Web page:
To have again the utopian age of robber baron capitalism, the libertarian right with its Religious Right obstructionist and gun lobby insurrectionist constituencies will dissolve government itself. Government is the administrative apparatus of the state. The state is public authority or public power. The first function of a state is maintain its sovereignty— both internal and external. A state with no obligation to maintain is internal sovereignty raises the very serious issue of whether or not we have a state and a government at all. No state, no government, no laws, no political obligation, it turns out, are what some people want. To have civilized society the rest of us have to clarify the fundamentals. This is not about culture wars. It is about fundamental political concepts.

We can start with the first libertarian, Thomas Hobbes (1588-1679). We cannot separate "libertarian" and "liberal" in political theory, but we can separate them from "conservative." Before Hobbes all political theory was conservative: Individuals were born into political community with obligations. They received whatever rights when they fulfilled their obligations. In Leviathan (1653), Hobbes started with the premise that individuals are born in the State of Nature with natural rights and created political community for self-preservation (self-defense). John Locke (1632-1704) started from the same premise in The Second Treatise of Government (1689). In Locke individuals enter political community to secure lives, liberties, and estates which mostly meant (capitalist) property. Hobbes and Locke founded the liberal (libertarian) political tradition (See our amicus in Emerson) which runs through the Declaration of Independence and the US Constitution and is the major political influence today in a world that is still largely conservative. Halbrook puts Locke and Hobbes on opposite sides of his preposterous divide between authoritarian absolutists and libertarian republicans, but Hobbes and Locke along with everything American are in the same libertarian/liberal tradition. There is no conservative tradition in America. Everything American is in some sense liberal or libertarian. The Potowmack Institute cannot be anti-libertarian. Our concern is the malignant direction of the Libertarian Right where class interest mixes with dangerous and destructive fantasy.

Locke's The Second Treatise was one of the primary manuals of the American Revolution. Locke's concern was to find a source of political authority different from the ruling conservatism of patriarchy and scripture. (See our amicus in Emerson) The new source was the consent of the governed (not original to Locke). Government, nevertheless, was still government. As Alexander Hamilton put it in Federalist Paper No. 33, government is about "POLITICAL POWER AND SUPREMACY" (caps in original). It was not a "treaty" based on "good faith." Chief Justice John Marshall in McCullough v. Maryland (1819) wrote, "We must never forget this is a constitution we are expounding here." The constitutional covenant was weighty and perpetual. President Lincoln put it in his First Inaugural, "Perpetuity is implied, if not expressed, in the fundamental law of all national governments." Locke uses "perpetual" throughout in The Second Treatise.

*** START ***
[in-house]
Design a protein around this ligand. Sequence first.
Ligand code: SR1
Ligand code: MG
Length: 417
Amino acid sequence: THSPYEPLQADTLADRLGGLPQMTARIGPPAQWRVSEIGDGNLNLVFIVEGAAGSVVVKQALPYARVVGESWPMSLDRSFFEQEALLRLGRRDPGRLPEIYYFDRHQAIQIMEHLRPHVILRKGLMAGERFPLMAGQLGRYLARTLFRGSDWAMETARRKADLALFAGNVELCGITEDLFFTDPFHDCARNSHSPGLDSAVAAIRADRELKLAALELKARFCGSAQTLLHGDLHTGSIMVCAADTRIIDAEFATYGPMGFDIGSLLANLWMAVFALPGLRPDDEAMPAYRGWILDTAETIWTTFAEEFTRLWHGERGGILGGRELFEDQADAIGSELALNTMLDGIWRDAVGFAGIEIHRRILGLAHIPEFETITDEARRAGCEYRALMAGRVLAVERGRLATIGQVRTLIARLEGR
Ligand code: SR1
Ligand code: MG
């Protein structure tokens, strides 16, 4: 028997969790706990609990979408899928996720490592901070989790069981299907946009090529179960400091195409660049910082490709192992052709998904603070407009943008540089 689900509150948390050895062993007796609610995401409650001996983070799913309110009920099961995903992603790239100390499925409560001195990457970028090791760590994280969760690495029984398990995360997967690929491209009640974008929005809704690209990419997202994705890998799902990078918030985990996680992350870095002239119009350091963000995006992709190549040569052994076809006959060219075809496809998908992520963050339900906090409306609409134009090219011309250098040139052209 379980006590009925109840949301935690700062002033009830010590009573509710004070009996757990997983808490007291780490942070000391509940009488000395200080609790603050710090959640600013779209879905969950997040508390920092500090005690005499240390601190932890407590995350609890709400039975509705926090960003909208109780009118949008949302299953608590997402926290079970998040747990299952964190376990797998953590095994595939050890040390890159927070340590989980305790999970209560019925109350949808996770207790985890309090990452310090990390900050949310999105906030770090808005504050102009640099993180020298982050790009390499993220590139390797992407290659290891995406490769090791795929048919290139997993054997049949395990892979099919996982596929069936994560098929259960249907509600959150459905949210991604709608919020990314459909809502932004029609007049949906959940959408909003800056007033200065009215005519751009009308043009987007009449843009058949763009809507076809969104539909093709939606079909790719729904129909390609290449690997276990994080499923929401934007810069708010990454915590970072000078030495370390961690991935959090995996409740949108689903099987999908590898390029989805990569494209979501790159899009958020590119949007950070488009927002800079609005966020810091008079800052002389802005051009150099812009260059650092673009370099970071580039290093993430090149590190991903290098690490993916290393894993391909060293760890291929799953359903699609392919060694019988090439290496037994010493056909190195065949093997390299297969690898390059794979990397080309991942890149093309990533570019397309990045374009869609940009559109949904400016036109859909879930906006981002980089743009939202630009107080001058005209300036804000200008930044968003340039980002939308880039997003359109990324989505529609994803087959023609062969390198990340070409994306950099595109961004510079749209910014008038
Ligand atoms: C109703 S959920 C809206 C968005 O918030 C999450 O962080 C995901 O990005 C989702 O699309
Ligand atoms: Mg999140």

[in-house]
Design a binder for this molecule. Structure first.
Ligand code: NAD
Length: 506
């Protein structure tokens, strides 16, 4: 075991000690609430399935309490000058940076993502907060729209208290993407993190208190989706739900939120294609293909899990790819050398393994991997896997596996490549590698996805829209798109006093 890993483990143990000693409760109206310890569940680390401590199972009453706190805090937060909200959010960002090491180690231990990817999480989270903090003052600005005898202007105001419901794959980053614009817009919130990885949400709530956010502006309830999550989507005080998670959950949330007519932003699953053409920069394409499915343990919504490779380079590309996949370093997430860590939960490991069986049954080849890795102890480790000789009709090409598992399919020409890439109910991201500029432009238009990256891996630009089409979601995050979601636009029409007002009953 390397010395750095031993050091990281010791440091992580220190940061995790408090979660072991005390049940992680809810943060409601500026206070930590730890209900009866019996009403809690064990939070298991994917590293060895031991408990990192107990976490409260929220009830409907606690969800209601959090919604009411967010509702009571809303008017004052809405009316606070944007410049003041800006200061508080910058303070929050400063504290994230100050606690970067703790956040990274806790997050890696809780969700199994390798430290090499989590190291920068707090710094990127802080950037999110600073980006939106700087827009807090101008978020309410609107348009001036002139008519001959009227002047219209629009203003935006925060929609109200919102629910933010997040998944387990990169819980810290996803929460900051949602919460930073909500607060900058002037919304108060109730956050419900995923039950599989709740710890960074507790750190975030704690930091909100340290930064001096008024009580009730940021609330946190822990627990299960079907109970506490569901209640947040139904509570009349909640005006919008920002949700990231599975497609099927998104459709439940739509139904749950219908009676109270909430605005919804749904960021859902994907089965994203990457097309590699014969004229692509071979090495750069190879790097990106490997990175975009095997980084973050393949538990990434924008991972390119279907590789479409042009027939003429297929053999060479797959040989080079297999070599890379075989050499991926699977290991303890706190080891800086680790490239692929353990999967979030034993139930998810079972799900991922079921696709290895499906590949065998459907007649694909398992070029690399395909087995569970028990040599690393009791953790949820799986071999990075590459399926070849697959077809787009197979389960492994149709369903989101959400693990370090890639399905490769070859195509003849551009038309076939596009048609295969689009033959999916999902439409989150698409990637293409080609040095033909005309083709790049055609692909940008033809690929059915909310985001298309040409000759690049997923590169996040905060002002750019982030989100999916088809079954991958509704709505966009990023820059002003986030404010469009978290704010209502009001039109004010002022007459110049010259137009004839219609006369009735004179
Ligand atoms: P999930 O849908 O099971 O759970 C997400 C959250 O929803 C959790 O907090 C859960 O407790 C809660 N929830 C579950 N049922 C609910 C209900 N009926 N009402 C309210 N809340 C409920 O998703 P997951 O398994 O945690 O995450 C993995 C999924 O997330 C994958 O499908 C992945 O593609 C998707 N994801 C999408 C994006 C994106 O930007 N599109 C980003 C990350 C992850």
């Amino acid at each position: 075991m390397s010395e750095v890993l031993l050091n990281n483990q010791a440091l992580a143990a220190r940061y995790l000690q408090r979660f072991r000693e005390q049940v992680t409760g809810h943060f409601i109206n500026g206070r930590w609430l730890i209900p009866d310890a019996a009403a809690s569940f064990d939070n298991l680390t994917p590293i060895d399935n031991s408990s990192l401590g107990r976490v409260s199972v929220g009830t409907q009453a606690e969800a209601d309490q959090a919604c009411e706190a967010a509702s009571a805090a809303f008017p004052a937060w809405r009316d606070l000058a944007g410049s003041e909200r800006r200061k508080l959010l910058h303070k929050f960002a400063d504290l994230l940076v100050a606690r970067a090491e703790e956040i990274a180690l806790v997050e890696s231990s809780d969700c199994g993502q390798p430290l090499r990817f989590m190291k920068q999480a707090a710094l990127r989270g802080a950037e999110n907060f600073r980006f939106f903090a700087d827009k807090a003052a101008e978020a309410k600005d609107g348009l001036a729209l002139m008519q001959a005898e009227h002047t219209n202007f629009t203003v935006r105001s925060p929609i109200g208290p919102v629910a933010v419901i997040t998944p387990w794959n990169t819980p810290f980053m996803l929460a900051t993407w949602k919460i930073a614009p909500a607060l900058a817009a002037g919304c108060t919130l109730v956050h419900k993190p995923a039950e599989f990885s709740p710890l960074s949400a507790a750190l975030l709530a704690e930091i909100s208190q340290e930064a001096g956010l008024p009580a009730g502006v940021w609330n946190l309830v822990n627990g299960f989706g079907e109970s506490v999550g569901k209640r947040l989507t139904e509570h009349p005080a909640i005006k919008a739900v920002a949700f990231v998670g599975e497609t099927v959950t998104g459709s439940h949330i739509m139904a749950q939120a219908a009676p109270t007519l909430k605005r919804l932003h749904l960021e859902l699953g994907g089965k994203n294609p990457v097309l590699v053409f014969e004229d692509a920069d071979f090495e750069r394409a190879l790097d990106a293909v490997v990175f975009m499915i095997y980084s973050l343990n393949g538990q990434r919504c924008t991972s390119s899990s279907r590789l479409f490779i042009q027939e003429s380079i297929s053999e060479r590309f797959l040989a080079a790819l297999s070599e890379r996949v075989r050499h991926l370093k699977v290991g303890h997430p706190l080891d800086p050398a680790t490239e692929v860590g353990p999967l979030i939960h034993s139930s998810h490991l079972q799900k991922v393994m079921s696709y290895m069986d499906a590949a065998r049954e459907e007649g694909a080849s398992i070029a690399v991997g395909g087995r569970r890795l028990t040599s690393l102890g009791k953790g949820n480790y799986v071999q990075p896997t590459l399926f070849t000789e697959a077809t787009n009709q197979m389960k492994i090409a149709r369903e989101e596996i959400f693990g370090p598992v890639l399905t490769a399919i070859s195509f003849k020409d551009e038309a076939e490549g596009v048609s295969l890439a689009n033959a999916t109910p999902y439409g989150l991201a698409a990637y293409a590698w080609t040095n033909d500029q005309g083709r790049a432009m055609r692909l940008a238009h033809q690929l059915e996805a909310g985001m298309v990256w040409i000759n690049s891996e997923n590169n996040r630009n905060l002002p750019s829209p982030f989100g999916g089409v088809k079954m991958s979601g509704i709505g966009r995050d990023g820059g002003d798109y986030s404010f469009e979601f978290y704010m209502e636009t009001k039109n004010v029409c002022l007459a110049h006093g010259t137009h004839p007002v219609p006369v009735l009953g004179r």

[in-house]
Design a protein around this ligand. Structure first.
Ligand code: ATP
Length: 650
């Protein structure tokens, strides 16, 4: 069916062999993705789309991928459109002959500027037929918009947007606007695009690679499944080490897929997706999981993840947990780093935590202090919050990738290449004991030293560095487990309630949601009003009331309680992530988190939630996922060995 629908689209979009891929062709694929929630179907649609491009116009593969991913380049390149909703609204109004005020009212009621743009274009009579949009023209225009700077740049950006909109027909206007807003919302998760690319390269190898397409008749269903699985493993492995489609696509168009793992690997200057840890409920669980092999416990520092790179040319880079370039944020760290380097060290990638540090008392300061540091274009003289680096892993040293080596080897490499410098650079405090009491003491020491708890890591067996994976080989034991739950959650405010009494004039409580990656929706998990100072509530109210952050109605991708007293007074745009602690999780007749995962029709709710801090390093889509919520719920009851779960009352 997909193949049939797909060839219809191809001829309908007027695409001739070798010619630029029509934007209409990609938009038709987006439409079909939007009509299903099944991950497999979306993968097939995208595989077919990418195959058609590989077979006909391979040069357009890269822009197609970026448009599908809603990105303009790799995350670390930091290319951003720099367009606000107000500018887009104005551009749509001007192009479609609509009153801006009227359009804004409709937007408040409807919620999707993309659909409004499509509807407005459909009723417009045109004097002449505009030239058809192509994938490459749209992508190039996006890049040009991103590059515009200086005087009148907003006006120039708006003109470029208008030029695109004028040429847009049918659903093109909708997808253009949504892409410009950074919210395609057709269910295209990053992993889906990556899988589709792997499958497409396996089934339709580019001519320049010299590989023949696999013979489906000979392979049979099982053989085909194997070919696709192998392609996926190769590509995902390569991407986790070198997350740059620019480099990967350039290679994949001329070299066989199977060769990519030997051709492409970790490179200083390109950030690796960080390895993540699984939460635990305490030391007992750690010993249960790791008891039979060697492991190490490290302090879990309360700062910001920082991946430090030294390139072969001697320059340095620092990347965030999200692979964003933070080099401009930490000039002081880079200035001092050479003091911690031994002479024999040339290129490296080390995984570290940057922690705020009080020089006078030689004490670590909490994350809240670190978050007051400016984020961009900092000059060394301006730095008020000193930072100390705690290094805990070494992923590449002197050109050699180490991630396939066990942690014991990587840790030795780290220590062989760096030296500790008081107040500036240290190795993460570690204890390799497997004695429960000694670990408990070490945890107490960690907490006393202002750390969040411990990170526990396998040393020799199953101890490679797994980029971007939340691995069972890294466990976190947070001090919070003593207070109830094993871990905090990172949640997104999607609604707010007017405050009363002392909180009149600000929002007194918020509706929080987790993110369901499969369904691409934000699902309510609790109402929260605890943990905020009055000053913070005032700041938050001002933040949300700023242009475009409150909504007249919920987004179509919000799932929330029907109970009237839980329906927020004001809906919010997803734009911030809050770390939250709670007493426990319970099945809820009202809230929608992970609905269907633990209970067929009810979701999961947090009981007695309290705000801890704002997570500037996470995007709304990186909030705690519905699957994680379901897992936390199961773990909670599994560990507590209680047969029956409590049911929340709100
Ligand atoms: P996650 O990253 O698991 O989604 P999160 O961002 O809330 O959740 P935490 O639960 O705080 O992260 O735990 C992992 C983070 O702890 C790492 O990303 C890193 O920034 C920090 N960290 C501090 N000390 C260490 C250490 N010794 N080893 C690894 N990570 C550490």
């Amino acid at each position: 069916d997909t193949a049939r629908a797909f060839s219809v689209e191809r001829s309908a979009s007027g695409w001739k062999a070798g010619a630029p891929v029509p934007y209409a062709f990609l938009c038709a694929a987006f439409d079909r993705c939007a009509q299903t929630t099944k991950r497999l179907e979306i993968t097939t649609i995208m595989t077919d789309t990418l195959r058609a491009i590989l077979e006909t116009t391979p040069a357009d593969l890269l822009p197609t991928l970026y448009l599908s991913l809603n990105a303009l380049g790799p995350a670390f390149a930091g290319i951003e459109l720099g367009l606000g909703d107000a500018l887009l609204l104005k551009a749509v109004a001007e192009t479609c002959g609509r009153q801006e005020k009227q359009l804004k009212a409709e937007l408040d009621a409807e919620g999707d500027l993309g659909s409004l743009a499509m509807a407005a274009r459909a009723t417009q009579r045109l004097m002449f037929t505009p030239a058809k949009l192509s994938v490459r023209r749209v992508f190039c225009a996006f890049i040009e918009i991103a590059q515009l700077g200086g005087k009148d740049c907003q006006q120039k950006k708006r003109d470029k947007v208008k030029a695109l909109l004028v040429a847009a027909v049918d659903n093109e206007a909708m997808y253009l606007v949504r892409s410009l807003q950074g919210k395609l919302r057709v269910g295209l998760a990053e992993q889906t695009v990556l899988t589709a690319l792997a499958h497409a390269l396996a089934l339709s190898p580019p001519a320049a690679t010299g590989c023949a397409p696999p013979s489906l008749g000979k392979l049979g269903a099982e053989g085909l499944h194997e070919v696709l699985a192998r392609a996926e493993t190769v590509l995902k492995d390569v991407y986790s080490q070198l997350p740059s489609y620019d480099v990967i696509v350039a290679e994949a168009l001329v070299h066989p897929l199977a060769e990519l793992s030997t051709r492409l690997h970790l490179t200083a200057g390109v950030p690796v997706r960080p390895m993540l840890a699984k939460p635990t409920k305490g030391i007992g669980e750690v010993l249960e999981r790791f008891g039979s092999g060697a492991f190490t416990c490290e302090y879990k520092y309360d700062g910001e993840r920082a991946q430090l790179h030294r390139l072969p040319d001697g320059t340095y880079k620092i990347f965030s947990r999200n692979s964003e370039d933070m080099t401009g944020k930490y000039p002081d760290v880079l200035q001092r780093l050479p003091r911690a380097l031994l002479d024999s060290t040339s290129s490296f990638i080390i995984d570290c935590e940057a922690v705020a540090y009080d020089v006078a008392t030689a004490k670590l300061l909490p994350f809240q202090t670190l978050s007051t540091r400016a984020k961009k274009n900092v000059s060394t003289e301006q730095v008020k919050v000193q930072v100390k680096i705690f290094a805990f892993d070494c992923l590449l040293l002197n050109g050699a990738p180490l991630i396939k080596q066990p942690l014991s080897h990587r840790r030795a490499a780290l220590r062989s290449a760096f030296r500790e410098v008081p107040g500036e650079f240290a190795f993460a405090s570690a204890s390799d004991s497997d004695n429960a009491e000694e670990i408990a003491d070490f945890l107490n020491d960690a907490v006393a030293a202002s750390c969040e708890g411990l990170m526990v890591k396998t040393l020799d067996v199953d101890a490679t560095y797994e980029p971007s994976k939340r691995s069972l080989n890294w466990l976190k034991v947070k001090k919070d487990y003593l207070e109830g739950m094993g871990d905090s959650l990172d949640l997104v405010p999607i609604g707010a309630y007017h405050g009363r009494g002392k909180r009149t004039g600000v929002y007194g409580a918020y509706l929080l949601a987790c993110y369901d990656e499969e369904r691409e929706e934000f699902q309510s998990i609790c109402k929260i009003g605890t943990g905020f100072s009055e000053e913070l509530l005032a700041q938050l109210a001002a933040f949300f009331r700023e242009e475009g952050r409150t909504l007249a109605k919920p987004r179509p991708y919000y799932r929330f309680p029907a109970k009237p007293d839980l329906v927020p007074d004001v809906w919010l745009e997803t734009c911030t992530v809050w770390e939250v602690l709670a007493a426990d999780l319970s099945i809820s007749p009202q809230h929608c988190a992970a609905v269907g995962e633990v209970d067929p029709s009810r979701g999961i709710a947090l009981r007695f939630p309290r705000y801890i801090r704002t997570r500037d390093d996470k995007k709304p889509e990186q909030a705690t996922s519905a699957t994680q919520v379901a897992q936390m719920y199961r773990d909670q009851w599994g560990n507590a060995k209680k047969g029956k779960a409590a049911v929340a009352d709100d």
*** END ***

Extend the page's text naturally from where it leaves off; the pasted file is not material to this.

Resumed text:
The consent to be governed creates sovereign public authority to which the individual owes allegiance rather than to an absolute ruler or to immediate tribe, family and friends. Common agreement on sovereign public authority creates the rule of law and public trust which is the basis for not only modern political life but also modern economic life. A civic culture of public trust is strongly anticipated in Locke. What we are having a hard time with now is that the individual gives up something to enter political community— to become a citizen. If we give up nothing we create a political culture of fear and suspicion which is no political culture at all. In Max Weber's famous definition of the state as the monopoly on violence (Das Monopol der legitimer Gewaltsamheith) the state did not confiscate all the weapons. The exercise of force was authorized by or permitted by the state which means by law. See amicus, Appendix H. Self-defense, the NRA's present demagogic appeal, is a permissible use of force long recognized in law. We put before the Fifth Circuit that there is no conflict in principle between gun ownership for self-defense and accountability to public authority. See .../emerarg.html#III. Creating legal categories of gun ownership that effectively disarm the lawless and the disloyal is how gun owners defend themselves under law and government. That is why we have law and government. No common agreement on sovereign public authority produces a domestic arms race. A domestic arms race fulfills the anarchic libertarian fantasy and provides the gun lobby opportunity to prey on fear and suspicion to promote gun ownership for individual self-defense. There can be individual gun ownership on the slippery slop to anarchy. There is no individual self-defense in the state of anarchy. See amicus, The Rule of Law,